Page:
Volume 29 - Article 19 | Pages 507-520

Minor gradient in mortality by education at the highest ages: An application of the Extinct-Cohort method

By Roland Rau, Magdalena Muszyńska, Paul Eilers

Print this page  Send this article to a friend  Twitter

 

 
Date received:28 Mar 2013
Date published:17 Sep 2013
Word count:1900
Keywords:extinct cohort, oldest old mortality, socioeconomic mortality differentials
DOI:10.4054/DemRes.2013.29.19
 

Abstract

Background: Socioeconomic mortality differentials are known to exist almost universally. Many studies show a trend towards convergence with increasing age. Information about the highest ages is very rare, though.

Objective: We want to find out whether socioeconomic factors determine the chance of death in the United States among the oldest people.

Methods: Based on official death count records, we employ the extinct cohort method to estimate the age-specific probability of dying by level of education.

Results: We present evidence that socioeconomic differentials in mortality exist even at the highest ages (95+), although the gap is small.

Comments: To our knowledge, this is the first population-based study to analyze socioeconomic mortality differentials at ages 95 and higher. We present, furthermore, a novel field of application for the extinct cohort method.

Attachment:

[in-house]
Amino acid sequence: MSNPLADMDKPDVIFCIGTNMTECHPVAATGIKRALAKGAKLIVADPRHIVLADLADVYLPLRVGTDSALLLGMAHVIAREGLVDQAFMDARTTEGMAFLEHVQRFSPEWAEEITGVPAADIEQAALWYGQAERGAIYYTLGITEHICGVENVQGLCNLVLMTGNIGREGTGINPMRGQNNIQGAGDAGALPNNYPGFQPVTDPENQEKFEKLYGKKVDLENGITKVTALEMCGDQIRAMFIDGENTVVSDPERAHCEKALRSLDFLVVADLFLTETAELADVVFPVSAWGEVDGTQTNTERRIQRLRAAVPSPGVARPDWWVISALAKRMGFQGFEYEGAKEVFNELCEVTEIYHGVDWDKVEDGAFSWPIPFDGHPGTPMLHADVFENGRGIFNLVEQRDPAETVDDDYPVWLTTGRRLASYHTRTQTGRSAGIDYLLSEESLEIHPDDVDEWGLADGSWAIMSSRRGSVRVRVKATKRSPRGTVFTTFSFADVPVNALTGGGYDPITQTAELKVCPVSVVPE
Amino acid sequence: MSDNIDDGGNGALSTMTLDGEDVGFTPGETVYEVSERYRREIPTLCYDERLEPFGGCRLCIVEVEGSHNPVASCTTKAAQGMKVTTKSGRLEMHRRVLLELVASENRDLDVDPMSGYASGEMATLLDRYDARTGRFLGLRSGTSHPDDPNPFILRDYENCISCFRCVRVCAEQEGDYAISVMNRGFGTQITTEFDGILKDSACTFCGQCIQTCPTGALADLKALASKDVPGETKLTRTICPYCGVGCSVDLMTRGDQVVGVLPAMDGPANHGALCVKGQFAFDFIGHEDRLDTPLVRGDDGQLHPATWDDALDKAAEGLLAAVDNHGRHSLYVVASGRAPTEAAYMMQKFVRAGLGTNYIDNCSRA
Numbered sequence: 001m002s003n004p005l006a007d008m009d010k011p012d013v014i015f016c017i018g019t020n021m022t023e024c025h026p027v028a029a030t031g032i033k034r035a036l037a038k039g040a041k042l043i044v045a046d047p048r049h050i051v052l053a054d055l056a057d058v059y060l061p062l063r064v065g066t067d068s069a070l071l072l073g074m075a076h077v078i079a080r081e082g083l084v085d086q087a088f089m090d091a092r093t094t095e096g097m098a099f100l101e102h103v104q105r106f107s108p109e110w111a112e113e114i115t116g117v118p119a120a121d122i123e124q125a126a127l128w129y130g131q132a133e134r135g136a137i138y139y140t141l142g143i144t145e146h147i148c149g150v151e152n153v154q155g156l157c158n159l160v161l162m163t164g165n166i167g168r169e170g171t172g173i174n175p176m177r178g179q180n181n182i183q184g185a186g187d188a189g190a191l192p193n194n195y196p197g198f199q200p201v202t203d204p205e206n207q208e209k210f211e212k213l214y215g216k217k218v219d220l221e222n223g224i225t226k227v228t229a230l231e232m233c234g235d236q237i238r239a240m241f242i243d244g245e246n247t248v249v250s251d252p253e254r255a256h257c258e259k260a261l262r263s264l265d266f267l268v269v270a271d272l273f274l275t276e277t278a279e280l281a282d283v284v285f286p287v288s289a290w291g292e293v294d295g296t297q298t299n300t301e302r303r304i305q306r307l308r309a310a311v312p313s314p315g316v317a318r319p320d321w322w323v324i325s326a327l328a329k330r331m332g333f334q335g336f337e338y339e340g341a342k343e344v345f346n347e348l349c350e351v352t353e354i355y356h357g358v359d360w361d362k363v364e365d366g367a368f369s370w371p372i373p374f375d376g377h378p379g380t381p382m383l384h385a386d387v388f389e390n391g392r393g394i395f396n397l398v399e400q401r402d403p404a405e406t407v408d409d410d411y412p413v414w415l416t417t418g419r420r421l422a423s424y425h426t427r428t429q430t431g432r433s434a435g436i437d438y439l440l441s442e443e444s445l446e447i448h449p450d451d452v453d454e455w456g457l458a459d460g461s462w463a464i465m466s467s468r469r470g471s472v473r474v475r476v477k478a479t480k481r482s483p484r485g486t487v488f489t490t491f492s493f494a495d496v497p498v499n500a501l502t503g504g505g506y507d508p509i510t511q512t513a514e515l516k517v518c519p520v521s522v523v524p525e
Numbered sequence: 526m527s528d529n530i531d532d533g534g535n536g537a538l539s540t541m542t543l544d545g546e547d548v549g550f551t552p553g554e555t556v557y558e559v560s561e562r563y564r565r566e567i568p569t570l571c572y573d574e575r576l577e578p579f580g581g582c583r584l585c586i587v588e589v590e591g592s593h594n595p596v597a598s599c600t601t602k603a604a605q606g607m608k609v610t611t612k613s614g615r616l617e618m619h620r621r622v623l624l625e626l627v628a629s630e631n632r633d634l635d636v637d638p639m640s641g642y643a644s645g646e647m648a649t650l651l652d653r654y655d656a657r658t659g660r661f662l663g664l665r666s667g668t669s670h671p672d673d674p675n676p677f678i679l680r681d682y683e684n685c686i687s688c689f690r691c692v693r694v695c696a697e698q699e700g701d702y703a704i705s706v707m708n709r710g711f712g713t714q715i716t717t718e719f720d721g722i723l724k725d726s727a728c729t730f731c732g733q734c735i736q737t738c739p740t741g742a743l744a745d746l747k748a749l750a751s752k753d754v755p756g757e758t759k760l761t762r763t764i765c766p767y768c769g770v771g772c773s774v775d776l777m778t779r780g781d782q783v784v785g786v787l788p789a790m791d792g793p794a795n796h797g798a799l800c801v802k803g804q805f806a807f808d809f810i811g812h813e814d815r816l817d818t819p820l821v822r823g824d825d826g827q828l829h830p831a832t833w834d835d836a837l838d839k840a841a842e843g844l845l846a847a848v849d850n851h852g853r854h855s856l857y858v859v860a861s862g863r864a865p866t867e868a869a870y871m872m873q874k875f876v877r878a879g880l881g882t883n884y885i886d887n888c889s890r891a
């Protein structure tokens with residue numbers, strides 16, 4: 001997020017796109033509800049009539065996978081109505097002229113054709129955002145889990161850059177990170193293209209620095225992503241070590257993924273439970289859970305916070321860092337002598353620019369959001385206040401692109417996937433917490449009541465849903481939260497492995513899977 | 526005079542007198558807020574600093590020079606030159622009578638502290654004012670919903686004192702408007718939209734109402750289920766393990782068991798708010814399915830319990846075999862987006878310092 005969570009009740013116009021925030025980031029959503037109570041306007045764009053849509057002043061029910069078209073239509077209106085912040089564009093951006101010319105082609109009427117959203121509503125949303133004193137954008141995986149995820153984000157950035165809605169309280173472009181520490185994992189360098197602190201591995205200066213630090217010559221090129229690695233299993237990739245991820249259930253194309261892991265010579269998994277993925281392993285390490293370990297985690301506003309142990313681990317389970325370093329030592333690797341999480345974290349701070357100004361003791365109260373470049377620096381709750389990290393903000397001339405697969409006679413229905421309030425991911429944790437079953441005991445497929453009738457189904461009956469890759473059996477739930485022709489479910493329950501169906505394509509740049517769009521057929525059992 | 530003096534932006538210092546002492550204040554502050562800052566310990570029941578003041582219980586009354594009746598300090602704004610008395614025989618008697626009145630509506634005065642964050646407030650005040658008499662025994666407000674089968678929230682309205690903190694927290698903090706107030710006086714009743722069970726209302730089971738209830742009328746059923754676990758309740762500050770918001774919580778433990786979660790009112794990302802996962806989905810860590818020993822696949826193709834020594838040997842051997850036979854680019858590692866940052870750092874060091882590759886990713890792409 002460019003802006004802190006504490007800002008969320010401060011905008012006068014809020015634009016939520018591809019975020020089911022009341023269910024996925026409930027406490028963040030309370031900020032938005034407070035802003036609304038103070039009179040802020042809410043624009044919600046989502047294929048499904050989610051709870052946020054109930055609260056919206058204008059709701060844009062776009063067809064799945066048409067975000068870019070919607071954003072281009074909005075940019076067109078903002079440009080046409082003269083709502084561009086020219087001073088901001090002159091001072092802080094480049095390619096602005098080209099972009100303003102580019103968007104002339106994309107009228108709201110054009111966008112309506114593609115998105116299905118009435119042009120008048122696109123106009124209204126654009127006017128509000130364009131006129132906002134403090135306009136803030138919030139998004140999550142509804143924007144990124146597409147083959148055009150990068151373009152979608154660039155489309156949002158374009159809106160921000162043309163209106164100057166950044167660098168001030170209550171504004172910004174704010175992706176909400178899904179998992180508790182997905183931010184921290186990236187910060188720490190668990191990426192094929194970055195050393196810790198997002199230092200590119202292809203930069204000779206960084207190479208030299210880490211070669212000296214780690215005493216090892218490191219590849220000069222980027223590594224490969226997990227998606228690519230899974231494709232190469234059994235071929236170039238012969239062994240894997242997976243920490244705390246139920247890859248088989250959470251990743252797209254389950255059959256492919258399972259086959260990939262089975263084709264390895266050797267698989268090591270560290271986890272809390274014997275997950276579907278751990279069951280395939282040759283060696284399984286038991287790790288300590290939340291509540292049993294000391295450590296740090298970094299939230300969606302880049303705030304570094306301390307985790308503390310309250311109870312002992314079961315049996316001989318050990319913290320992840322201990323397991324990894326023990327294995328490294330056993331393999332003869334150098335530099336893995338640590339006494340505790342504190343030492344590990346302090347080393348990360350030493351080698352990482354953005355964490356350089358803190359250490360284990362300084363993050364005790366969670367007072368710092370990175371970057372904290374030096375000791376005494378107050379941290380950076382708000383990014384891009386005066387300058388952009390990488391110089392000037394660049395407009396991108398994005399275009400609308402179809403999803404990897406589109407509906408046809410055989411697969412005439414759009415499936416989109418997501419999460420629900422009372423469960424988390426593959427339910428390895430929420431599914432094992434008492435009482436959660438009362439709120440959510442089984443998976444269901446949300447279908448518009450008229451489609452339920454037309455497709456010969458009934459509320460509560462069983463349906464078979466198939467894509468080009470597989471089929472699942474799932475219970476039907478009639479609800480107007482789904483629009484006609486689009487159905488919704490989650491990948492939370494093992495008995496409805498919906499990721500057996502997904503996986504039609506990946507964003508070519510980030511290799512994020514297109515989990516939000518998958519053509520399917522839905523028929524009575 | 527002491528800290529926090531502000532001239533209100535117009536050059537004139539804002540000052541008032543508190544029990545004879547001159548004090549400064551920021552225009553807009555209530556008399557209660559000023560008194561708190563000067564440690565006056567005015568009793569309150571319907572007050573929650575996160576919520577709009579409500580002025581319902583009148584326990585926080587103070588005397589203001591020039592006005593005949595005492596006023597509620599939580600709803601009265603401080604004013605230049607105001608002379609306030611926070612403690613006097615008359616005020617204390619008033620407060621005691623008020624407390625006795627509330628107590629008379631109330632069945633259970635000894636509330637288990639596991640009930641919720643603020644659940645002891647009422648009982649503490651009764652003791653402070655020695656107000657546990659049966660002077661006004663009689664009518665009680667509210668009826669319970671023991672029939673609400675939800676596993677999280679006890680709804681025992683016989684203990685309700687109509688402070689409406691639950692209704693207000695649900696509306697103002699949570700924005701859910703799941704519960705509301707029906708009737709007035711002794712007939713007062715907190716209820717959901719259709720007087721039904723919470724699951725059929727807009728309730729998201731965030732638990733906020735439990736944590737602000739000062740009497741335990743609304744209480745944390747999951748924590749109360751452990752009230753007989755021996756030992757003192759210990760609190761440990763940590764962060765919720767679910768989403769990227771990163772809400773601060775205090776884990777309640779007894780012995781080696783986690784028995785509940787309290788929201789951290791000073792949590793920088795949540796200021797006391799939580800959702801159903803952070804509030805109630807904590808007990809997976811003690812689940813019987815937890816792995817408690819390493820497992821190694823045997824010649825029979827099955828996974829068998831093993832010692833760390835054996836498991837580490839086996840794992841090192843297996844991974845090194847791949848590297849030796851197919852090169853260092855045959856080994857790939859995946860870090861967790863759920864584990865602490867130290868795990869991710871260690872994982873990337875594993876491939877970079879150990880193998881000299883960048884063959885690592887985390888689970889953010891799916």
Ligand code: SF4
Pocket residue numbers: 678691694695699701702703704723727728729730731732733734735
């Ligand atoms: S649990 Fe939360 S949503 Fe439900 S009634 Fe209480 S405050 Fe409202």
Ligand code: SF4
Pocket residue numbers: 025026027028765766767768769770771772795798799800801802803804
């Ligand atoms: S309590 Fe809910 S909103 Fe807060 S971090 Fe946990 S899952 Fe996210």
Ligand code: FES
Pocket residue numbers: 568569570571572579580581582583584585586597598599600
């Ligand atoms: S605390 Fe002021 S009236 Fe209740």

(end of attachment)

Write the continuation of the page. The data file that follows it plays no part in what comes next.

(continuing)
Author's Affiliation

Roland Rau - University of Rostock, Germany [Email]
Magdalena Muszyńska - Warsaw School of Economics, Poland [Email]
Paul Eilers - Erasmus Medical Center, Rotterdam, Netherlands [Email]

Other articles by the same author/authors in Demographic Research

» An analysis of life expectancy and economic production using expectile frontier zones
Volume 21 - Article 5

» Women’s employment and union dissolution in a changing socio-economic context in Russia
Volume 18 - Article 6

» Migration and union dissolution in a changing socio-economic context: The case of Russia
Volume 17 - Article 27

» Seasonal mortality in Denmark: the role of sex and age
Volume 9 - Article 9